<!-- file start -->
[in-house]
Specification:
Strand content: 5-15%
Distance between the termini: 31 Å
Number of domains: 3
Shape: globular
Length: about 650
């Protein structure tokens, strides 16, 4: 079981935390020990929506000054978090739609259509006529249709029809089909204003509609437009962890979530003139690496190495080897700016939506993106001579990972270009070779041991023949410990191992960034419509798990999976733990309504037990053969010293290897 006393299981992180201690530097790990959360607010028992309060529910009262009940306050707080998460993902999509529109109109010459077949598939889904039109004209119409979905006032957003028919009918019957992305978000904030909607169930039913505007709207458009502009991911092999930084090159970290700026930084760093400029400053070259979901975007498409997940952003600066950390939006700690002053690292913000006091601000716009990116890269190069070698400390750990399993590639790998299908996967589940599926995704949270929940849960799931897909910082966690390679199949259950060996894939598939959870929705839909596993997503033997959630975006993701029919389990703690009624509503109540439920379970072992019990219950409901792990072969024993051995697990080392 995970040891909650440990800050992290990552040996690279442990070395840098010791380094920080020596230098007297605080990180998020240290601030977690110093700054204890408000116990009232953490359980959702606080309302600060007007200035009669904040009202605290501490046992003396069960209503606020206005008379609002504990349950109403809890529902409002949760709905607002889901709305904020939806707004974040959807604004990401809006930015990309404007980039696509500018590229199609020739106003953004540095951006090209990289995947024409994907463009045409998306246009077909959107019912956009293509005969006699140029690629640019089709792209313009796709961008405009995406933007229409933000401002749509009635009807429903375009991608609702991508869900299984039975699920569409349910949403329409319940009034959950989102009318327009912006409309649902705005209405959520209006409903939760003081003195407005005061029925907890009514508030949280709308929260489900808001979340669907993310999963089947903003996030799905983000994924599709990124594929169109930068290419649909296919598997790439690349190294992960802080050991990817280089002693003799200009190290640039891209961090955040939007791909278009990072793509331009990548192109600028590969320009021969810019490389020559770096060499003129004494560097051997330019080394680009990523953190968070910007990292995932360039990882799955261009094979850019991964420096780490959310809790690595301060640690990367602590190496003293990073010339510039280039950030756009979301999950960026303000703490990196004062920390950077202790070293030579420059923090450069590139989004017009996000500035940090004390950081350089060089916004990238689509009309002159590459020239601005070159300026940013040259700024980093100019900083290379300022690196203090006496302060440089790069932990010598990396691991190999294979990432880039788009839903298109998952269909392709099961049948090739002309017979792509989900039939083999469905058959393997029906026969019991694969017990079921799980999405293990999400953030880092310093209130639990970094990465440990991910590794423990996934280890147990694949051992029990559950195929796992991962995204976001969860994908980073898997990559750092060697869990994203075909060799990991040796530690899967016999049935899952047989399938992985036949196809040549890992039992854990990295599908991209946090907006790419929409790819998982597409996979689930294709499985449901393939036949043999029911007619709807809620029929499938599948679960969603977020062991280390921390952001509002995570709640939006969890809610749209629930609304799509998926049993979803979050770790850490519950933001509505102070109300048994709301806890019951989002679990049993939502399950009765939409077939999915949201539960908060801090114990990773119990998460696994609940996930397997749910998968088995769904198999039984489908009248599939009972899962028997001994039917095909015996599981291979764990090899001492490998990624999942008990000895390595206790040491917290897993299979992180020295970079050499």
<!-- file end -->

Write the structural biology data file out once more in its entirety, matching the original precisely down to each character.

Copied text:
[in-house]
Specification:
Strand content: 5-15%
Distance between the termini: 31 Å
Number of domains: 3
Shape: globular
Length: about 650
């Protein structure tokens, strides 16, 4: 079981935390020990929506000054978090739609259509006529249709029809089909204003509609437009962890979530003139690496190495080897700016939506993106001579990972270009070779041991023949410990191992960034419509798990999976733990309504037990053969010293290897 006393299981992180201690530097790990959360607010028992309060529910009262009940306050707080998460993902999509529109109109010459077949598939889904039109004209119409979905006032957003028919009918019957992305978000904030909607169930039913505007709207458009502009991911092999930084090159970290700026930084760093400029400053070259979901975007498409997940952003600066950390939006700690002053690292913000006091601000716009990116890269190069070698400390750990399993590639790998299908996967589940599926995704949270929940849960799931897909910082966690390679199949259950060996894939598939959870929705839909596993997503033997959630975006993701029919389990703690009624509503109540439920379970072992019990219950409901792990072969024993051995697990080392 995970040891909650440990800050992290990552040996690279442990070395840098010791380094920080020596230098007297605080990180998020240290601030977690110093700054204890408000116990009232953490359980959702606080309302600060007007200035009669904040009202605290501490046992003396069960209503606020206005008379609002504990349950109403809890529902409002949760709905607002889901709305904020939806707004974040959807604004990401809006930015990309404007980039696509500018590229199609020739106003953004540095951006090209990289995947024409994907463009045409998306246009077909959107019912956009293509005969006699140029690629640019089709792209313009796709961008405009995406933007229409933000401002749509009635009807429903375009991608609702991508869900299984039975699920569409349910949403329409319940009034959950989102009318327009912006409309649902705005209405959520209006409903939760003081003195407005005061029925907890009514508030949280709308929260489900808001979340669907993310999963089947903003996030799905983000994924599709990124594929169109930068290419649909296919598997790439690349190294992960802080050991990817280089002693003799200009190290640039891209961090955040939007791909278009990072793509331009990548192109600028590969320009021969810019490389020559770096060499003129004494560097051997330019080394680009990523953190968070910007990292995932360039990882799955261009094979850019991964420096780490959310809790690595301060640690990367602590190496003293990073010339510039280039950030756009979301999950960026303000703490990196004062920390950077202790070293030579420059923090450069590139989004017009996000500035940090004390950081350089060089916004990238689509009309002159590459020239601005070159300026940013040259700024980093100019900083290379300022690196203090006496302060440089790069932990010598990396691991190999294979990432880039788009839903298109998952269909392709099961049948090739002309017979792509989900039939083999469905058959393997029906026969019991694969017990079921799980999405293990999400953030880092310093209130639990970094990465440990991910590794423990996934280890147990694949051992029990559950195929796992991962995204976001969860994908980073898997990559750092060697869990994203075909060799990991040796530690899967016999049935899952047989399938992985036949196809040549890992039992854990990295599908991209946090907006790419929409790819998982597409996979689930294709499985449901393939036949043999029911007619709807809620029929499938599948679960969603977020062991280390921390952001509002995570709640939006969890809610749209629930609304799509998926049993979803979050770790850490519950933001509505102070109300048994709301806890019951989002679990049993939502399950009765939409077939999915949201539960908060801090114990990773119990998460696994609940996930397997749910998968088995769904198999039984489908009248599939009972899962028997001994039917095909015996599981291979764990090899001492490998990624999942008990000895390595206790040491917290897993299979992180020295970079050499």